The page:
When your business receives some unwanted or mistaken mail, you may be able to return it to the sender versus buying new postage. Common USPS return to sender reasons include mail delivered to the wrong address or person, junk mail and unsolicited items. The return to sender post office rules require that the item be unopened and free from tampering. If you've opened the item, you may need to contact USPS for assistance or complete a regular return process with a retailer if the item received was something you had ordered.
TL;DR (Too Long; Didn't Read)
To return unopened mail to the sender, you need to write "return to sender" on the item and avoid marking out any information contained on the envelope or shipping label.
Returning Unopened Mail to Sender
As long as you haven't opened the envelope or package, you can simply write "return to sender" on it for the postal service to handle. If you got a package addressed to a person who doesn't work at your business or who has relocated, then you can put "not at this address" on the packaging as well. This can help the postal service to forward the mail to the recipient's new address. In any case, don't try to mark out any addresses or otherwise tamper with the mail.
You won't have to pay USPS any fee or buy any postage to have the mail returned to the sender. However, if you're refusing a package that you purposely ordered from a company, don't expect to have the shipping charges refunded. In some cases, the retailer might deduct return shipping charges from any refund due, so you might want to reach out to the seller to get confirmation before you put "return to sender" on your item and ship it.
You can then drop the item in a USPS mailbox, take it to the post office or hand it to your mail carrier when he does his daily visit.
Returning Opened Mail to Sender
According to the U.S. legal code, opening mail not belonging to you can have penalties like fines and imprisonment. However, this mainly happens when you purposely open mail with the intent to commit fraud, to steal or to perform another crime. If you accidentally opened mail sent to you and didn't realize it was for someone else, you can contact your post office to let it know, and it can provide guidance on how to proceed.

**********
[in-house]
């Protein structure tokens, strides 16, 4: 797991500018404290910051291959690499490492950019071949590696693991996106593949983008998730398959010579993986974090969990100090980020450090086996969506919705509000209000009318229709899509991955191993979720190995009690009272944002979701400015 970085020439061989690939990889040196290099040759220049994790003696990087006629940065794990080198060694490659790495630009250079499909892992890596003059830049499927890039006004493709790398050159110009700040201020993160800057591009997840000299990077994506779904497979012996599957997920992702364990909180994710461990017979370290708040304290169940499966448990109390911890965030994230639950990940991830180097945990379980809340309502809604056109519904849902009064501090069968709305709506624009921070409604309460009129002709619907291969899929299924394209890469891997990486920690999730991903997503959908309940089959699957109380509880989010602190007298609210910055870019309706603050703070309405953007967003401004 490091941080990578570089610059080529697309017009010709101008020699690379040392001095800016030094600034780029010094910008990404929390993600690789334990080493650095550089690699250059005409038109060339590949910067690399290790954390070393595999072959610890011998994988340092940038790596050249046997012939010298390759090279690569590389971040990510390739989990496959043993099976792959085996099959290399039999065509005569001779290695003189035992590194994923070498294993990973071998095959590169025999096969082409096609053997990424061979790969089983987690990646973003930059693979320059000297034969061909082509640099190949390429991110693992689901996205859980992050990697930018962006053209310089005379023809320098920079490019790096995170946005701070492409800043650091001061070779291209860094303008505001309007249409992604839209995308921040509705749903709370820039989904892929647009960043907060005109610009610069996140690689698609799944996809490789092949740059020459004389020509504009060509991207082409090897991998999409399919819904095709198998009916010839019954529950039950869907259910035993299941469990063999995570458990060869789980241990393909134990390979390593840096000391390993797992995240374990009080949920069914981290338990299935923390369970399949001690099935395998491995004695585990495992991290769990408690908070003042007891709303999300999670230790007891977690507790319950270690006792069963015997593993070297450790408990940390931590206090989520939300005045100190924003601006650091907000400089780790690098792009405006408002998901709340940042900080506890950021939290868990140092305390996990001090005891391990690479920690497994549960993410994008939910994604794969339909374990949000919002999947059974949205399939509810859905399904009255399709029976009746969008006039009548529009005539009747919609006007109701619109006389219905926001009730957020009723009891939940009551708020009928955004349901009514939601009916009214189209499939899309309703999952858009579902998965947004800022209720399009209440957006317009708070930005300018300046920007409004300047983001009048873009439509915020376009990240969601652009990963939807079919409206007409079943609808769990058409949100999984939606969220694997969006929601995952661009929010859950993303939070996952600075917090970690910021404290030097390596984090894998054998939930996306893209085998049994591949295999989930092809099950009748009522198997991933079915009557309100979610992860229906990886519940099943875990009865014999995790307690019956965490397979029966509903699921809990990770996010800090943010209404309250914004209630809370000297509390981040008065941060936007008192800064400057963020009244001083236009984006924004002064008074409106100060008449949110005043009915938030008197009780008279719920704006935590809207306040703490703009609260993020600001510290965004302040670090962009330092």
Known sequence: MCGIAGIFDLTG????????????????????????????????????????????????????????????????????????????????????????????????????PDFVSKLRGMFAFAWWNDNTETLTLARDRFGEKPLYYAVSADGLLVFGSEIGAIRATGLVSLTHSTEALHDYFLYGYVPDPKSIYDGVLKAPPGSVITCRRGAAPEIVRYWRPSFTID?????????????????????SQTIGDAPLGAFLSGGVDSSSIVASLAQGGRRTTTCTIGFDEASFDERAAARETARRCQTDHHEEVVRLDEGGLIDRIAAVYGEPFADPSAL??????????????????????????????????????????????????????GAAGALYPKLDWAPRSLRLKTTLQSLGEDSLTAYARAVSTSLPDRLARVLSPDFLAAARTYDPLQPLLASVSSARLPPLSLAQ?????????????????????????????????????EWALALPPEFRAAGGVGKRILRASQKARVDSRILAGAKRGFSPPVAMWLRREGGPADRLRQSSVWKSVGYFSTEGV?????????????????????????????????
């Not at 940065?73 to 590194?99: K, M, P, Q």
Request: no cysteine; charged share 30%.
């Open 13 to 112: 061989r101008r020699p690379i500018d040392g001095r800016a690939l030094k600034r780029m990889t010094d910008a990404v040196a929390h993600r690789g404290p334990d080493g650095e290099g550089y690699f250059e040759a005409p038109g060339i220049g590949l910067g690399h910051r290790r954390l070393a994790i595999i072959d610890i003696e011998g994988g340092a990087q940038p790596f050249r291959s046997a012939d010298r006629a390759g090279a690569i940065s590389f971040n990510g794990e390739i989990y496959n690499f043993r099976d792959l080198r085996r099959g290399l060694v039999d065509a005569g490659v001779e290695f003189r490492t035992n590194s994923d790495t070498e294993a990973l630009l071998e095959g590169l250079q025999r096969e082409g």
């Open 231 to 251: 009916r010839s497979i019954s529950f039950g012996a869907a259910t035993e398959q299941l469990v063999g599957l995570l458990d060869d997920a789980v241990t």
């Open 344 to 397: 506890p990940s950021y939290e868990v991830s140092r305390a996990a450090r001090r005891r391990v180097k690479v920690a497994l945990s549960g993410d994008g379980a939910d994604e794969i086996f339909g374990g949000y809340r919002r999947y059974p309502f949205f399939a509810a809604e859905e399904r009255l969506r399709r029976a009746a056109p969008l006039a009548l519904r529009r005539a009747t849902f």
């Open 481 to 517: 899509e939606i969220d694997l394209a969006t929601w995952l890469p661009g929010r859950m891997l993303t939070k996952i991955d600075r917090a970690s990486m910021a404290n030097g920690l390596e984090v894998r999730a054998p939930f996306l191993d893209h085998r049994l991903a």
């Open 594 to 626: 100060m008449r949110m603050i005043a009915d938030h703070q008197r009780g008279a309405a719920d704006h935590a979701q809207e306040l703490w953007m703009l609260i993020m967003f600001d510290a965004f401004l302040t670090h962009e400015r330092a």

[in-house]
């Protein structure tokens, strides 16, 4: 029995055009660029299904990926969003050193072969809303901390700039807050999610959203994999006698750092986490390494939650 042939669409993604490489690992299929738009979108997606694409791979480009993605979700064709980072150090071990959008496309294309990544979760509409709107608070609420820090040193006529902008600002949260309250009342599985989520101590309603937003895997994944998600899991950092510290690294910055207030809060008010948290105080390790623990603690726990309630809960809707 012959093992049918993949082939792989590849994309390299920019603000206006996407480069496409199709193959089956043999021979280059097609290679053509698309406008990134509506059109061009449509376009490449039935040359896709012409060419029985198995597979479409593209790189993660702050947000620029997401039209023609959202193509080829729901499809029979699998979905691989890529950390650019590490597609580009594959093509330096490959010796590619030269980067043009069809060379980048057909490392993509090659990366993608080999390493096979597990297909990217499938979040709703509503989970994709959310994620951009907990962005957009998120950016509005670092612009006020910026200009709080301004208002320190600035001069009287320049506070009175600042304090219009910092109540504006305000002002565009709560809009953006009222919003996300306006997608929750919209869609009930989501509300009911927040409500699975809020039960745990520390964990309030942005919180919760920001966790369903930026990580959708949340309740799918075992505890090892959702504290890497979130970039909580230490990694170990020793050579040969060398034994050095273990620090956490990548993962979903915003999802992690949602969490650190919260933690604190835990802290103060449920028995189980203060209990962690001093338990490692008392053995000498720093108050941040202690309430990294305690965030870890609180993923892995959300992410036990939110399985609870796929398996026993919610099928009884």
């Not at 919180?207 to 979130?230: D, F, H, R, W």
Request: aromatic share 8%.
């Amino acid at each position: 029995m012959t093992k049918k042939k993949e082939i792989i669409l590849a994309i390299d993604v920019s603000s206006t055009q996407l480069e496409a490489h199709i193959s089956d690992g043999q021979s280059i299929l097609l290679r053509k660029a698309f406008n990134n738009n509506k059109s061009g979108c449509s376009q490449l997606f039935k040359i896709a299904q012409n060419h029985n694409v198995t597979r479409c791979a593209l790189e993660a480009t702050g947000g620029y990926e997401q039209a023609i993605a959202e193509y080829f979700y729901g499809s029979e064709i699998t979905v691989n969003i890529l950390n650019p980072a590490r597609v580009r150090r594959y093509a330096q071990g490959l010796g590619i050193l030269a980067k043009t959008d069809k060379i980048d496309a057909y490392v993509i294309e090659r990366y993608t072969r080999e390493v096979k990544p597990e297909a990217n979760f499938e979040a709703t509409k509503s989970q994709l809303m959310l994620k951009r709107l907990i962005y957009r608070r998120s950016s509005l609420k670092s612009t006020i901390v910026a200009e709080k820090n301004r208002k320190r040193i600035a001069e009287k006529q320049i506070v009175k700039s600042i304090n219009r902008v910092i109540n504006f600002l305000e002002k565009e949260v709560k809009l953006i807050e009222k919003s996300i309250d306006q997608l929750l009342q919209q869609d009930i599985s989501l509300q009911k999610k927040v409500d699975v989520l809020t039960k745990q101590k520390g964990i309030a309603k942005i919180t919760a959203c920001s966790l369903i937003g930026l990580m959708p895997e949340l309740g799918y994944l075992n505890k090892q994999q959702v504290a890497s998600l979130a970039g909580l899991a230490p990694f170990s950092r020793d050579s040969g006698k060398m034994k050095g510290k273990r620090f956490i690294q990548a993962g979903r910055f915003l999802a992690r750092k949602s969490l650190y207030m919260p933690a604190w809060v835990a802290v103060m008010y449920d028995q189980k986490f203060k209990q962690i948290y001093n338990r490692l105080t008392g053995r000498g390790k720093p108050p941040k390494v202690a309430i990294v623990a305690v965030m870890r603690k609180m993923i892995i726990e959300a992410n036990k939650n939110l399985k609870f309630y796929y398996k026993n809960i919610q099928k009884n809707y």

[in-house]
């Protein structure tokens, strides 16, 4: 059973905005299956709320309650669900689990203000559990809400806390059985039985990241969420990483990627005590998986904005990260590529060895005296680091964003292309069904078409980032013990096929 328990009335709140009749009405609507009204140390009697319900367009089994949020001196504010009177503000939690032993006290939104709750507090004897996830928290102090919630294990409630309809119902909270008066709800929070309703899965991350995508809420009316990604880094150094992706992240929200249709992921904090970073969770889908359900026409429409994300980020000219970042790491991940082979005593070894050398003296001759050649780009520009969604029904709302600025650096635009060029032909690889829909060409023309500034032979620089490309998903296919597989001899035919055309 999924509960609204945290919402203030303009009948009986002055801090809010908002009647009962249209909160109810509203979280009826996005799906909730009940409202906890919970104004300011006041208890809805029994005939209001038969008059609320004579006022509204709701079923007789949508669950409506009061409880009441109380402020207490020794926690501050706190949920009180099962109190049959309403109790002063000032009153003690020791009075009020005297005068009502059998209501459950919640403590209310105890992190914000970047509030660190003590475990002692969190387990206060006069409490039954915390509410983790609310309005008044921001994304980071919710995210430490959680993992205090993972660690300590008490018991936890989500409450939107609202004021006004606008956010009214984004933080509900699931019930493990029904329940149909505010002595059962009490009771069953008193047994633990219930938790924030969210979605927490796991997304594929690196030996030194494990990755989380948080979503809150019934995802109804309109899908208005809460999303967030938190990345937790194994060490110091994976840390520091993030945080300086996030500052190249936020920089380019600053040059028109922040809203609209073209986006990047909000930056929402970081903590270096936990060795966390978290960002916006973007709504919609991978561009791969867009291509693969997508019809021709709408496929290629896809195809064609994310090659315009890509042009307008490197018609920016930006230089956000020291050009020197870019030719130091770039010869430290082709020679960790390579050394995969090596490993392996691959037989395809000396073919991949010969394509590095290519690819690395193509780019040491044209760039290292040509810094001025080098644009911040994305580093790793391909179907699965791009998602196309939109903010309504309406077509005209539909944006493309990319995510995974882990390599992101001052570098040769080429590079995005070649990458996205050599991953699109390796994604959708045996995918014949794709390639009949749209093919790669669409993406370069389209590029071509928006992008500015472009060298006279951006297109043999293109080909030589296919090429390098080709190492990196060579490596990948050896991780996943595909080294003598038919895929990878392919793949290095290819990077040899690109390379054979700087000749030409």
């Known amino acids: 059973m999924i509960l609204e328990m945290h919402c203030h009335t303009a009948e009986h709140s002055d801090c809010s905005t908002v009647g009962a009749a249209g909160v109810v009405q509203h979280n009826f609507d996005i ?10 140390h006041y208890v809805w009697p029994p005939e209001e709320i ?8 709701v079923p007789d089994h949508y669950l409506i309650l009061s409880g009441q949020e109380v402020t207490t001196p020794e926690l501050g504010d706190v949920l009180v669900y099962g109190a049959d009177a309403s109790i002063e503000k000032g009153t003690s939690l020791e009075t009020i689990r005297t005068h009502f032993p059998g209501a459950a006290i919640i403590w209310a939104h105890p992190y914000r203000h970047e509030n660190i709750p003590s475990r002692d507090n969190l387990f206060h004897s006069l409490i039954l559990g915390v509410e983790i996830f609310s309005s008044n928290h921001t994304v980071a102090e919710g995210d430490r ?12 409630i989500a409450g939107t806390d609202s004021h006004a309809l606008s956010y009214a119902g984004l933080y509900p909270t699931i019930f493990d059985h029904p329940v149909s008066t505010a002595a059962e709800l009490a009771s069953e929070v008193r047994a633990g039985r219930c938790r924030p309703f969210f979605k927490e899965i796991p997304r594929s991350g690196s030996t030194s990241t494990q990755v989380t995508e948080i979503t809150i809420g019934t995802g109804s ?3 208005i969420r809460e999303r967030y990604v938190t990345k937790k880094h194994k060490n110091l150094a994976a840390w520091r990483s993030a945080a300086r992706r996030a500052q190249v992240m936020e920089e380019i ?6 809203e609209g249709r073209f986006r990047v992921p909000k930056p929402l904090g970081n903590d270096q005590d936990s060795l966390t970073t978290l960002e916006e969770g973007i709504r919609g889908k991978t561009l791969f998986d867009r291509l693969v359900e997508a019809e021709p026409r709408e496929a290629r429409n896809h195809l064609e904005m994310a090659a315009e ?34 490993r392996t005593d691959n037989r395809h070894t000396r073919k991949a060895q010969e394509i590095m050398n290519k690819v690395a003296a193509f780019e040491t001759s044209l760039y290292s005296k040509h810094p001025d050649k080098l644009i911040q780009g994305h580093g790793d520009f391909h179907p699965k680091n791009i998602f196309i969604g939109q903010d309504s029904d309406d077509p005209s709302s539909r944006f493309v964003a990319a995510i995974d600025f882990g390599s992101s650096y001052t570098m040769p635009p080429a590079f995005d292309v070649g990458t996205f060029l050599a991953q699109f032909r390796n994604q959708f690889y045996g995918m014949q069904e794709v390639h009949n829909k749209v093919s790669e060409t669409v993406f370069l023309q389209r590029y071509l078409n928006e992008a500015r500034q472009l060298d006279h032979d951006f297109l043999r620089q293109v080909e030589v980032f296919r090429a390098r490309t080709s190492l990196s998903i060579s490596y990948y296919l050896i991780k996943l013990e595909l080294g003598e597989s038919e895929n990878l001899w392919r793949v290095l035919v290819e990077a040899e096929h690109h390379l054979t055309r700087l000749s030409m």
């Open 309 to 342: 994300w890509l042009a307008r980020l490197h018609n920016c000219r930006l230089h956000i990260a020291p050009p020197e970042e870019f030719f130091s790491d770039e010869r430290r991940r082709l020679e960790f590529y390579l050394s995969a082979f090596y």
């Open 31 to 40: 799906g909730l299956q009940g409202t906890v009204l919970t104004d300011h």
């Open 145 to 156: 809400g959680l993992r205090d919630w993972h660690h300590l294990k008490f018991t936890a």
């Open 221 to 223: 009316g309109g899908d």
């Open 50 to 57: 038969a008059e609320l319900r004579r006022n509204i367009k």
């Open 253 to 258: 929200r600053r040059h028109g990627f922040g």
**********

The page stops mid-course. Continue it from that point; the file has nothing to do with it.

However, if you ordered something from a retailer and want to return it after opening the packaging, you'll have to repackage the item and handle the issue with the retailer. You'll likely be able to get a return shipping label and return form online from the seller to use for mailing back the item. If not, contact the seller to make a return request and purchase your own postage if necessary.
USPS Return to Sender Tracking
If your returned item has a tracking number on it, you can enter that number on the USPS website's home page, where you'll find a tracking form. Once USPS receives the item, you'll see its progress and a notice that it has been returned to the sender. USPS notes that you can expect the return shipping to take as long as expected with the mailing class used. However, there can be delays when mail gets held up due to issues like a change of address.
When you're returning a solicited item to the retailer, you can track your package's progress the same way. You should also receive an update from the retailer about a refund and a receipt of your return.
- USPS: Return to Sender Mail
- USPS: How is Undeliverable and Misdelivered Mail Handled?
- USPS: Sending Packages
- Bachner & Associates: Opening Someone Else’s Mail May Not Be Illegal
- Cornell Law School Legal Information Institute: 18 U.S. Code § 1708. Theft or Receipt of Stolen Mail Matter Generally
- iFixit Support: My Tracking Says the Package Is Returning to Sender
- PostScanMail: How to Forward Postal Mail to Someone
Ashley Donohoe started writing professionally about business topics in 2010. Having eight years experience running all aspects of her small business, she is knowledgeable about the daily issues and decisions that business owners face. She also has earned a Master of Business Administration degree with a leadership and strategy concentration from Western Governors University. Some other places featuring her business writing include JobHero, LoveToKnow, PocketSense, Chron and Study.com.